401 Jefferson Street, Hoboken
This new, six-unit residential building draws from the traditional materials and massing of Hoboken with a dynamic, contemporary expression. Each unit is generously sized for families with 3 to 4 bedrooms and flowing living spaces. The private rooms of each unit transition to open gathering areas for dining and entertaining, which seamlessly extend to outdoor terraces. A green roof, stormwater detention tank and flood vents are among the building’s sustainable features.
Starting with a stereotomic brick mass, which echoes the site’s previous building with the same height and footprint, a regularized grid of piers and window openings recalls the massing of the city’s industrial buildings. Furthering the contextual connections, brick reclaimed from a recently demolished nearby structure was used. This mass is then ‘carved’ with deep recesses at select bays to provide outdoor space for each unit. These recesses also act to reduce direct southern sun exposure into the unit living rooms during the summer.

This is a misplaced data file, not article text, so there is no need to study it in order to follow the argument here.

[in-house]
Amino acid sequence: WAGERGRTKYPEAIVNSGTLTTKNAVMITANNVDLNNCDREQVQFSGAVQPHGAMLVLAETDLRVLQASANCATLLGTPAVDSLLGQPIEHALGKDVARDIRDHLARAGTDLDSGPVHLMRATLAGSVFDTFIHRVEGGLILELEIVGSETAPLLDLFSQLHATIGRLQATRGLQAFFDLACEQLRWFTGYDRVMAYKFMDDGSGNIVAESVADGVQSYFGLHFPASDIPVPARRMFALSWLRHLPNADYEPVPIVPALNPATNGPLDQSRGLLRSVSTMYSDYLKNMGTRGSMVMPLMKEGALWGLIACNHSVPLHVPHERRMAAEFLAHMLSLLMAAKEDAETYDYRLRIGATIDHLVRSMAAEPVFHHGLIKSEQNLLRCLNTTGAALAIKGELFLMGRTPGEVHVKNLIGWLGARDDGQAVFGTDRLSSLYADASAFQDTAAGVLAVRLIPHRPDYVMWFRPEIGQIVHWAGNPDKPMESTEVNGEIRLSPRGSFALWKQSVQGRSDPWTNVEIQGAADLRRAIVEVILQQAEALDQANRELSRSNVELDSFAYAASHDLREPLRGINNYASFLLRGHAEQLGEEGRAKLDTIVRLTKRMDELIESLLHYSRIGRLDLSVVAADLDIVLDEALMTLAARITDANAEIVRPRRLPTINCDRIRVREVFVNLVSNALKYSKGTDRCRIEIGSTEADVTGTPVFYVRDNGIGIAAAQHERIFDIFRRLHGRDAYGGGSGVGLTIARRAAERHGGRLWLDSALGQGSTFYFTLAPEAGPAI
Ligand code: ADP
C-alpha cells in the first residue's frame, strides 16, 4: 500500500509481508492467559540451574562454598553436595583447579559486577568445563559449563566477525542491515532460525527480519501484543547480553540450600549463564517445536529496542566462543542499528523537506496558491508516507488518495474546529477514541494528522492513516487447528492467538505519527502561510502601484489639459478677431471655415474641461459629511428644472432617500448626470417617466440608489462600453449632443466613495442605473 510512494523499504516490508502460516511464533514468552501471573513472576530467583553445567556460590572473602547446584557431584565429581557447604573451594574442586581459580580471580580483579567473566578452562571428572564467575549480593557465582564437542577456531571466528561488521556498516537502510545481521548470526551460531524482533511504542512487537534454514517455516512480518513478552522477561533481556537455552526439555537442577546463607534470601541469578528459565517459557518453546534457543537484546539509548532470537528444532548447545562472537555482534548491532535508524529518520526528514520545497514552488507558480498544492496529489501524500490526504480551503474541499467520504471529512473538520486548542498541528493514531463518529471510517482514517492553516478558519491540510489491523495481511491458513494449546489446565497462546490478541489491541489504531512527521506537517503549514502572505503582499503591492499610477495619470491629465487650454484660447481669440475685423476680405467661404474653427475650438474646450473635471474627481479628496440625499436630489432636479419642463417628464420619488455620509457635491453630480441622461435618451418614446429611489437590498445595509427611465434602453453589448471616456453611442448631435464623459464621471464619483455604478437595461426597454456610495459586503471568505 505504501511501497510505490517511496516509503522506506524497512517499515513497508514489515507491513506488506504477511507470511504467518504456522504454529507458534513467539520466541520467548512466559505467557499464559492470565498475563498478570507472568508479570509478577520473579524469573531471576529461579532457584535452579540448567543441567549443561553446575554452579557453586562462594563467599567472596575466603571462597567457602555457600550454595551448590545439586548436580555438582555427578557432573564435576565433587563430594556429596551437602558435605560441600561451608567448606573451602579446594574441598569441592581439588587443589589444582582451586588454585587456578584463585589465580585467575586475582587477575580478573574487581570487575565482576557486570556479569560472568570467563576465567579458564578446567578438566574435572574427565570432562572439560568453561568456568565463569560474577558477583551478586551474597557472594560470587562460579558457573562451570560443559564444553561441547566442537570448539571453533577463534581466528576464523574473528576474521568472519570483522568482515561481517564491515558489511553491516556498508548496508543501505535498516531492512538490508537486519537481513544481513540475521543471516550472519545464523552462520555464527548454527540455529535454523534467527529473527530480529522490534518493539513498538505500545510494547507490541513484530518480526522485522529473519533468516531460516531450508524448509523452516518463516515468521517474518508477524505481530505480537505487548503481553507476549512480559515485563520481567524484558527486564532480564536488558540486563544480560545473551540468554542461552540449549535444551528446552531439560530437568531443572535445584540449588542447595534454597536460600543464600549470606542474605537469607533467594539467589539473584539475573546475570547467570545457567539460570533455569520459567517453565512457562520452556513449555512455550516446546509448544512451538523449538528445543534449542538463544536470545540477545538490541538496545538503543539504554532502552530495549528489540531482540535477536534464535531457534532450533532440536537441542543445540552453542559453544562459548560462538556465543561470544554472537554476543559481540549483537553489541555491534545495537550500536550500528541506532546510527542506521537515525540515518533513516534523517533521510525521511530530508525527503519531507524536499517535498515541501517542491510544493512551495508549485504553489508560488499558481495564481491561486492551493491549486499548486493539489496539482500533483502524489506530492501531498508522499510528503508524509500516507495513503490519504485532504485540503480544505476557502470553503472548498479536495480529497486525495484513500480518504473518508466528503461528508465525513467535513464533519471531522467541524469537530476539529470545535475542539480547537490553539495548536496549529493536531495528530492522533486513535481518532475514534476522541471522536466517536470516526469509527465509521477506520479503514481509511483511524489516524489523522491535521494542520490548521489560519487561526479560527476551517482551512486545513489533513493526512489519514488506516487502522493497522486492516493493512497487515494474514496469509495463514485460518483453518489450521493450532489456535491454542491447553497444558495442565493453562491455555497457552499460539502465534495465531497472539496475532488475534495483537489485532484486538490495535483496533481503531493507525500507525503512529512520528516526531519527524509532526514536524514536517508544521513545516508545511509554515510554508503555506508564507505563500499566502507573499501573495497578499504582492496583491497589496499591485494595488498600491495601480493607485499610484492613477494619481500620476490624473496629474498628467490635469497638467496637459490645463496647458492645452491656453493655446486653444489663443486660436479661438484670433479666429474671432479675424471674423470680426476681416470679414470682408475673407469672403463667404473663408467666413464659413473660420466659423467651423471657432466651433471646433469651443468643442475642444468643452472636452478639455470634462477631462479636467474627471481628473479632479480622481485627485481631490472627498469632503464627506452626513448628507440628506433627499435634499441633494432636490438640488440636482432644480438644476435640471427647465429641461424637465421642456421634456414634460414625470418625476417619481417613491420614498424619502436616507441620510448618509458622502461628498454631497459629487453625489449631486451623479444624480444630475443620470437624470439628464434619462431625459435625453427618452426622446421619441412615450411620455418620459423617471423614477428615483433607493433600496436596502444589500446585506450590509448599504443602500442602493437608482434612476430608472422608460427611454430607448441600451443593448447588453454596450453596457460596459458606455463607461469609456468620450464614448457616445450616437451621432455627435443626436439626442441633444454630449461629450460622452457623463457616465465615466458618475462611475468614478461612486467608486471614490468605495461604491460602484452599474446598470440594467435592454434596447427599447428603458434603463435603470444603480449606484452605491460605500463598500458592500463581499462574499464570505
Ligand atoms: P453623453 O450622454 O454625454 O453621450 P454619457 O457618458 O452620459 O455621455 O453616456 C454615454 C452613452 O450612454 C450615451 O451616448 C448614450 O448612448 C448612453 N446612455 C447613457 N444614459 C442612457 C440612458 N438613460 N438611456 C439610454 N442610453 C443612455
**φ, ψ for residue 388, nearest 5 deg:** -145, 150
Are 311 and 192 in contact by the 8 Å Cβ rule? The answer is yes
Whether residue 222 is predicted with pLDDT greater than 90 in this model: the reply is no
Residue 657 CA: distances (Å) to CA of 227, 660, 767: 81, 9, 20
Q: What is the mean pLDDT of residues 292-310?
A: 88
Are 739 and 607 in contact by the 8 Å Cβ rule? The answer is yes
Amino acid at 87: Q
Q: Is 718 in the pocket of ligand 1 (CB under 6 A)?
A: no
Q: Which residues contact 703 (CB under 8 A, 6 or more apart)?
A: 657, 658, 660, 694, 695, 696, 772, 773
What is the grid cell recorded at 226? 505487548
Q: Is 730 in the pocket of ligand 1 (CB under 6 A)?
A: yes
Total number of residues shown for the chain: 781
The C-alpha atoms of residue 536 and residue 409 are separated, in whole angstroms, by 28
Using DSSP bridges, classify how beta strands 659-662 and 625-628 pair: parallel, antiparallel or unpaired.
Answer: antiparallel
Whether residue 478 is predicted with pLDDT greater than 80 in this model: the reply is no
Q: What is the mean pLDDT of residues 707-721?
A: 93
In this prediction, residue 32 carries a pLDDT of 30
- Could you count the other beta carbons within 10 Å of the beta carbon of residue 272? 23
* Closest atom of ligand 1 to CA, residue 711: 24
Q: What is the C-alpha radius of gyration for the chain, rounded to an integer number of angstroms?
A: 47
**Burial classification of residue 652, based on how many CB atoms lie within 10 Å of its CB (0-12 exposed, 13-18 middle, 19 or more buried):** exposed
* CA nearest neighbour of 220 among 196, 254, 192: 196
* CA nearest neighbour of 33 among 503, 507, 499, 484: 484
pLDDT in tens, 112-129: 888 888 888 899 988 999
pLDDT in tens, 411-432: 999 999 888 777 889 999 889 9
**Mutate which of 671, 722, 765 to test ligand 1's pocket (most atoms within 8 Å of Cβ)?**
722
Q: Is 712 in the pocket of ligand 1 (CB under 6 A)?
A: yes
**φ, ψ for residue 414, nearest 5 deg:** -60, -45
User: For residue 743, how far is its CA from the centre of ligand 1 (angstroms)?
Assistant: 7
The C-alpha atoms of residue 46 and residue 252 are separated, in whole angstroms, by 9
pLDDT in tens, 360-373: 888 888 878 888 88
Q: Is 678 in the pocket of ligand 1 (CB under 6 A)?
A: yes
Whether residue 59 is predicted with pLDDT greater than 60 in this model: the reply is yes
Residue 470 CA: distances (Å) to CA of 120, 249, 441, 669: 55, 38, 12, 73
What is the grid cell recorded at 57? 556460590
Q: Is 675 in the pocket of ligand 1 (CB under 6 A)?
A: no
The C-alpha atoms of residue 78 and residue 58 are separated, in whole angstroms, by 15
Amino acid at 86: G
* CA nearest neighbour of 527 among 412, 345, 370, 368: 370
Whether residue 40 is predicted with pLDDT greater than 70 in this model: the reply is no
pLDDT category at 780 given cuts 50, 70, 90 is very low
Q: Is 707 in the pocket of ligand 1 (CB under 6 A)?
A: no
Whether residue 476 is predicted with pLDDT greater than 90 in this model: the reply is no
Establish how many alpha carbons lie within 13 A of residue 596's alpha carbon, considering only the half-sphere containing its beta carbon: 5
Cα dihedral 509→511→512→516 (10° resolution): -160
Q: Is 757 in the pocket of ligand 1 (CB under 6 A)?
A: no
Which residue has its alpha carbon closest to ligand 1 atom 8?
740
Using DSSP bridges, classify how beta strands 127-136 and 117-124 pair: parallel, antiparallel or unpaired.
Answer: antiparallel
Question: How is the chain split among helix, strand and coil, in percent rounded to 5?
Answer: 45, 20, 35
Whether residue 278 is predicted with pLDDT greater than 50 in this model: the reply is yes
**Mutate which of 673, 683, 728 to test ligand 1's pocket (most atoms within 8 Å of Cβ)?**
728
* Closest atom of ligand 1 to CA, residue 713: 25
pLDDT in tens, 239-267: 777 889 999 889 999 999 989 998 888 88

Attached to this block are tectonic projections clad with patina-copper-like panels. From the historic Lackawanna Terminal building to church spires and firehouse rooftops, this material is a memorable presence in the fabric of Hoboken. In this building, however, copper is used in an unexpected configuration and with a clean-line, modern appearance. Placed at a subtle angle to the street and with a length that breaks the regimented pattern of the brick piers, these projections give both more space and uncommon views to the building’s residents, as well as unique perspectives from every angle to passersby.
On top of the three-story main mass, a two-story ‘domino’ concrete structure is lightly placed. With a twelve foot setback at this level, extensive wraparound private terraces are provided for each of the two duplex penthouse units. In order to soften the transition between these two conditions, a landscaped planter is integrated into the brick parapet, which also provides privacy for the residents. The lower floor of the penthouse is extensively glazed and the exterior concrete columns are left exposed, giving the patina-copper-clad upper floor a visually lighter appearance. In the bedrooms of the more private upper floor, thin profile windows capture framed views of industrial Hoboken and the sleek World Trade Center beyond.